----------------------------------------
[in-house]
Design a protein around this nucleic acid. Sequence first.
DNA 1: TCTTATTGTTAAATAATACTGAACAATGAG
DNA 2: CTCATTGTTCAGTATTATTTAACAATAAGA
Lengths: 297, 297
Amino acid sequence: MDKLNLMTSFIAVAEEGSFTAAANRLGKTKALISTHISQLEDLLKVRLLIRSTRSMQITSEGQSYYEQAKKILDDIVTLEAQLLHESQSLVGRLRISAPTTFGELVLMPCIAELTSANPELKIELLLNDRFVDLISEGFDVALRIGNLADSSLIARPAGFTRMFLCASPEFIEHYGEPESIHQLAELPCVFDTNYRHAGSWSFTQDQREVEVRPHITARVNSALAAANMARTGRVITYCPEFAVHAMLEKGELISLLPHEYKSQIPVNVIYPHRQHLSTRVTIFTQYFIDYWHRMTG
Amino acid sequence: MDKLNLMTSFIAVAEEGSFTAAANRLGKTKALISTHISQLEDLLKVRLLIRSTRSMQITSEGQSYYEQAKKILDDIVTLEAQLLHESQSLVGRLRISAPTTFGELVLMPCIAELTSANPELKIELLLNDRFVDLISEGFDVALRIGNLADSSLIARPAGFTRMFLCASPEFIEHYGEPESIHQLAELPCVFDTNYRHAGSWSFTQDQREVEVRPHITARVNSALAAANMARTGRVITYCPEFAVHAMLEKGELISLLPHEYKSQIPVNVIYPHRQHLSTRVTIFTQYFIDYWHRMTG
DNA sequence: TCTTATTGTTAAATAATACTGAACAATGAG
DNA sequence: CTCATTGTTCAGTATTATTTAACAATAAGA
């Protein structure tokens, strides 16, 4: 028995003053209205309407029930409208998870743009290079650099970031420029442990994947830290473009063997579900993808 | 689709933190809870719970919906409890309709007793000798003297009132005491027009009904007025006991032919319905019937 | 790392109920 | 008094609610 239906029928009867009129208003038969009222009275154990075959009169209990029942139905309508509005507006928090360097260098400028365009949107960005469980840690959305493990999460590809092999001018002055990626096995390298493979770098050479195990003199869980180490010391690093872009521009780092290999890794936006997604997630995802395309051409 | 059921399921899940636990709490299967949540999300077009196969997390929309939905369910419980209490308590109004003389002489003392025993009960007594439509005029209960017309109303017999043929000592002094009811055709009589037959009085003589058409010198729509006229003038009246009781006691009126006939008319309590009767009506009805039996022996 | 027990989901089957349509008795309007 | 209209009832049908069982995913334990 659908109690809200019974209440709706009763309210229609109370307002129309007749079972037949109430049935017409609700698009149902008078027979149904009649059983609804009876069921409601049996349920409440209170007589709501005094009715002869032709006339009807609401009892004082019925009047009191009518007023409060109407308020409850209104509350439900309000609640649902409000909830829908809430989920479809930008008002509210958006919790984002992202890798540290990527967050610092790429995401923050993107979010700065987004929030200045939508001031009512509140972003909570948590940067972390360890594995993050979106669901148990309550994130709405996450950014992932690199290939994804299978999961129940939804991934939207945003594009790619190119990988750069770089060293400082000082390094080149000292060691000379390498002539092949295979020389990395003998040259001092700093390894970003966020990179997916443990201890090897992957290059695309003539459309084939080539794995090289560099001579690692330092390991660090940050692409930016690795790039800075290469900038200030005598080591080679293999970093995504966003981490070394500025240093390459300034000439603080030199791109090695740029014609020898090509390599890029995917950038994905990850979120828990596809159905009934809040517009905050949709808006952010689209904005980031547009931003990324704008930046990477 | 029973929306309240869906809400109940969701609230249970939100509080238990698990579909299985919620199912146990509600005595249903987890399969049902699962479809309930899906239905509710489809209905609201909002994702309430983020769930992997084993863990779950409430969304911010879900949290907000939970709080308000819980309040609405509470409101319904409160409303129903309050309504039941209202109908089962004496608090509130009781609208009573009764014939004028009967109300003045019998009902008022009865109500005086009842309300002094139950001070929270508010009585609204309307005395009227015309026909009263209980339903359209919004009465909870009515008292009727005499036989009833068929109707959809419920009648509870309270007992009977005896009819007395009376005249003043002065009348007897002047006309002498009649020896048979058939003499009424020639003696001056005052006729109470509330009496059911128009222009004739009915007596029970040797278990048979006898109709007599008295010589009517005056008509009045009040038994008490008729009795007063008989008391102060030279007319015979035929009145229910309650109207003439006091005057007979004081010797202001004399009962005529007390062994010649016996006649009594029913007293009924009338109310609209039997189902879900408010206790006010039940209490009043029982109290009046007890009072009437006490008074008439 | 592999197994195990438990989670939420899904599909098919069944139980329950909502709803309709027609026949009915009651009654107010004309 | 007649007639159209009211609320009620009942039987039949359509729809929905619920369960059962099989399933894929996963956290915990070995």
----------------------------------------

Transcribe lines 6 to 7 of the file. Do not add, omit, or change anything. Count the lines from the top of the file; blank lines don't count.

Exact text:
Amino acid sequence: MDKLNLMTSFIAVAEEGSFTAAANRLGKTKALISTHISQLEDLLKVRLLIRSTRSMQITSEGQSYYEQAKKILDDIVTLEAQLLHESQSLVGRLRISAPTTFGELVLMPCIAELTSANPELKIELLLNDRFVDLISEGFDVALRIGNLADSSLIARPAGFTRMFLCASPEFIEHYGEPESIHQLAELPCVFDTNYRHAGSWSFTQDQREVEVRPHITARVNSALAAANMARTGRVITYCPEFAVHAMLEKGELISLLPHEYKSQIPVNVIYPHRQHLSTRVTIFTQYFIDYWHRMTG
Amino acid sequence: MDKLNLMTSFIAVAEEGSFTAAANRLGKTKALISTHISQLEDLLKVRLLIRSTRSMQITSEGQSYYEQAKKILDDIVTLEAQLLHESQSLVGRLRISAPTTFGELVLMPCIAELTSANPELKIELLLNDRFVDLISEGFDVALRIGNLADSSLIARPAGFTRMFLCASPEFIEHYGEPESIHQLAELPCVFDTNYRHAGSWSFTQDQREVEVRPHITARVNSALAAANMARTGRVITYCPEFAVHAMLEKGELISLLPHEYKSQIPVNVIYPHRQHLSTRVTIFTQYFIDYWHRMTG